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Can we actually poison AI?

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Good morning! We are happy you have joined us today for an exploration through the latest AI updates. 🗺️

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(The mystery link can lead to ANYTHING AI related. Tools, memes, articles, videos, and more…)

Today’s Menu

Appetizer: AI poison to protect human copyright 🧪

Entrée: Human workers are still cheaper than AI 💪

Dessert: World Health Organization releases AI guidance 🩺


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🦾 Ollama: A tool designed to help you run large language models locally. → check it out

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Everyone at the family reunion got food poisoning … Runs in the family. 😅

What’s new? The University of Chicago has unveiled Nightshade, an offensive data poisoning tool designed to combat the unauthorized use of data in machine learning models.

How does it work? Nightshade is an offensive tool designed to distort feature representations within generative AI image models. The tool operates by transforming images into “poison” samples, introducing deviations from expected norms during AI model training. While human eyes perceive subtle shading, the AI model interprets a dramatically different composition, fostering confusion about image elements. This means that even a seemingly innocuous prompt for a cow in space might yield a model’s interpretation featuring a handbag instead. In doing so, the tool aims to dissuade model trainers from sidestepping copyrights, opt-out lists, and do-not-scrape directives by attaching a small incremental cost to unauthorized data usage.

What’s the significance? This release comes amidst the massive lawsuit from the New York Times against OpenAI for copyright infringement. How to handle copyrighted material amidst AI model training has become a hot topic. Opt-out lists, designed to prevent the incorporation of specific content, have proven ineffective, lacking enforceability and verification. So maybe poison will work? Time will tell.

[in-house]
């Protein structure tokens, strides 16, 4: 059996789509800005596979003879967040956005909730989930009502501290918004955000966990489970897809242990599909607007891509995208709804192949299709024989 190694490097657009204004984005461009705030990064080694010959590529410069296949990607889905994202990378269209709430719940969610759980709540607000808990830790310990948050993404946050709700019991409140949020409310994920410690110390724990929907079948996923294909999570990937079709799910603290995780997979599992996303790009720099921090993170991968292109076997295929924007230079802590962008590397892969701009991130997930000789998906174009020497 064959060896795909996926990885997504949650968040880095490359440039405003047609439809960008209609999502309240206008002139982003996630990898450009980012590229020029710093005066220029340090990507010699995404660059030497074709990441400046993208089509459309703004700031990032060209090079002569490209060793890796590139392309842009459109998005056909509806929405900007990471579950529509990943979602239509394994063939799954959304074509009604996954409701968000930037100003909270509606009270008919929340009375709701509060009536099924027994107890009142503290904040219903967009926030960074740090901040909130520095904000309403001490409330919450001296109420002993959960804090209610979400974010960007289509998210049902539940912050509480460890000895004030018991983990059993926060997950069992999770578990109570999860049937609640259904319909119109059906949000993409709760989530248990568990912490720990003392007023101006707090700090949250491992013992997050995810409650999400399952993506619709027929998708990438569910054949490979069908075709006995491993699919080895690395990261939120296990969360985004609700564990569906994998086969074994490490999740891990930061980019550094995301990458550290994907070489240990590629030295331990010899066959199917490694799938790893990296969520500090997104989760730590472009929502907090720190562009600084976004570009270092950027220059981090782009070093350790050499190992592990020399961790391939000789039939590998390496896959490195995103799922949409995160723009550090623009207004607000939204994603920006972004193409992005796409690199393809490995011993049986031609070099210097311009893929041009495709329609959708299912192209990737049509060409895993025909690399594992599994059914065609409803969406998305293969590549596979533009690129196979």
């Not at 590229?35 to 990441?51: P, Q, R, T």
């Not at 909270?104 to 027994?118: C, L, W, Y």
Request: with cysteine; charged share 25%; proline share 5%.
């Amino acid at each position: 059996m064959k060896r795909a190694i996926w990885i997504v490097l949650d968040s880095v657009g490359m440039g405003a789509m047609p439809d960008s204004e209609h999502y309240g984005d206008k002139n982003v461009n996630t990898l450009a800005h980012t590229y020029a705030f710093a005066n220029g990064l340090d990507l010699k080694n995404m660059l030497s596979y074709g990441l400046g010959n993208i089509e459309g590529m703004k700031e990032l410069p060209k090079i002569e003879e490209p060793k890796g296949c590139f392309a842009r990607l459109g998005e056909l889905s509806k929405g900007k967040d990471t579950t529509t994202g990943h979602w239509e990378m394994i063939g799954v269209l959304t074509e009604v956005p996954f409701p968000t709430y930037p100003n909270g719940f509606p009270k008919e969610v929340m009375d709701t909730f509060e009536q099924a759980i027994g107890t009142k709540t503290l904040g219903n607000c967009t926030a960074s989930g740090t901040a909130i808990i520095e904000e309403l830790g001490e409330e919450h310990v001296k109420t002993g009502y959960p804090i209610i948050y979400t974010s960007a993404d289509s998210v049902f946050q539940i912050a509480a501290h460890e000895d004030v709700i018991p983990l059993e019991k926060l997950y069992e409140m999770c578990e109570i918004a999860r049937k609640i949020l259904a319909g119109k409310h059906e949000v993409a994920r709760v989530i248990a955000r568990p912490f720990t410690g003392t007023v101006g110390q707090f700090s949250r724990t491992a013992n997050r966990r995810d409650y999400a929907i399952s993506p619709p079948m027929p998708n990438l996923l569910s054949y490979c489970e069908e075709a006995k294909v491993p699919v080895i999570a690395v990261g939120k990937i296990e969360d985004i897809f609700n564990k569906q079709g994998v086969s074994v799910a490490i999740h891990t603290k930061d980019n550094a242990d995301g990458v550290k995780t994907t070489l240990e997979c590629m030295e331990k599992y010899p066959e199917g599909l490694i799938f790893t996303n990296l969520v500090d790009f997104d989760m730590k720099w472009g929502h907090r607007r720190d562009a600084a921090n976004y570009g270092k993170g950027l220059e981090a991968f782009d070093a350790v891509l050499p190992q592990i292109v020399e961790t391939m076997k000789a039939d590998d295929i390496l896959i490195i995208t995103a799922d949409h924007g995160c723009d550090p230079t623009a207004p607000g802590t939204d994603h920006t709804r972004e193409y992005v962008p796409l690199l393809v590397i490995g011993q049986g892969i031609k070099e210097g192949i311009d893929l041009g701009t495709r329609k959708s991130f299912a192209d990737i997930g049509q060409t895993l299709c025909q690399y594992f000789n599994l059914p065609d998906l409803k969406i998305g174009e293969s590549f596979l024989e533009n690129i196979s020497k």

Sometimes, it pays to be cheap. 🤑

What’s up? The fear of AI rendering human jobs obsolete may be a bit premature, according to a study by the Massachusetts Institute of Technology (MIT).

What was found? The research focused on the cost-effectiveness of automating tasks in various industries. Surprisingly, the study found that only 23% of workers could be economically replaced by AI. Sectors like retail, transportation, and healthcare were identified as more conducive to AI adoption due to favorable cost-benefit ratios. However, the study also indicated that only 3% of visually-assisted tasks (like teaching) could be automated cost-effectively today. This is purely economic as well, with no attention given to factors like human creativity and relational skills.

Why? The high upfront costs associated with implementing AI systems often outweigh the benefits. So over time, AI might prove more cost effective for many positions, but not many companies outside of tech giants have the capital to implement the technology. As AI evolves and people discover cheaper ways of implementation, this might change. But as of now, this study suggests that the widespread displacement of jobs may not be as imminent as some fear.


Doctor: What’s the condition of the boy who swallowed the quarter?

Nurse: No change yet. 🤣

What’s new? The World Health Organization (WHO) has released a document articulating over 40 recommendations aimed at governments, technology companies, and healthcare providers to ensure responsible use of Large Multi-Modal Models (LMMs), capable of processing various data inputs and generating diverse outputs.

What are the risks? WHO acknowledges the risks associated with LMMs, such as the potential for producing inaccurate information, reliance on poor-quality or biased data, and broader issues like accessibility and affordability. The document underscores the importance of addressing automation bias, potential cybersecurity risks, and the engagement of diverse stakeholders in the development and deployment of LMMs.

What does WHO recommend? Key recommendations outlined by WHO include governments investing in public infrastructure, enacting laws and policies to ensure ethical obligations, establishing regulatory agencies for LMM approval, and implementing post-release auditing. Developers are also urged to engage diverse stakeholders in the design process, ensure LMMs perform well-defined tasks with accuracy, and predict potential secondary outcomes.

“Generative AI technologies have the potential to improve health care but only if those who develop, regulate, and use these technologies identify and fully account for the associated risks.”

-Dr Jeremy Farrar, WHO Chief Scientist



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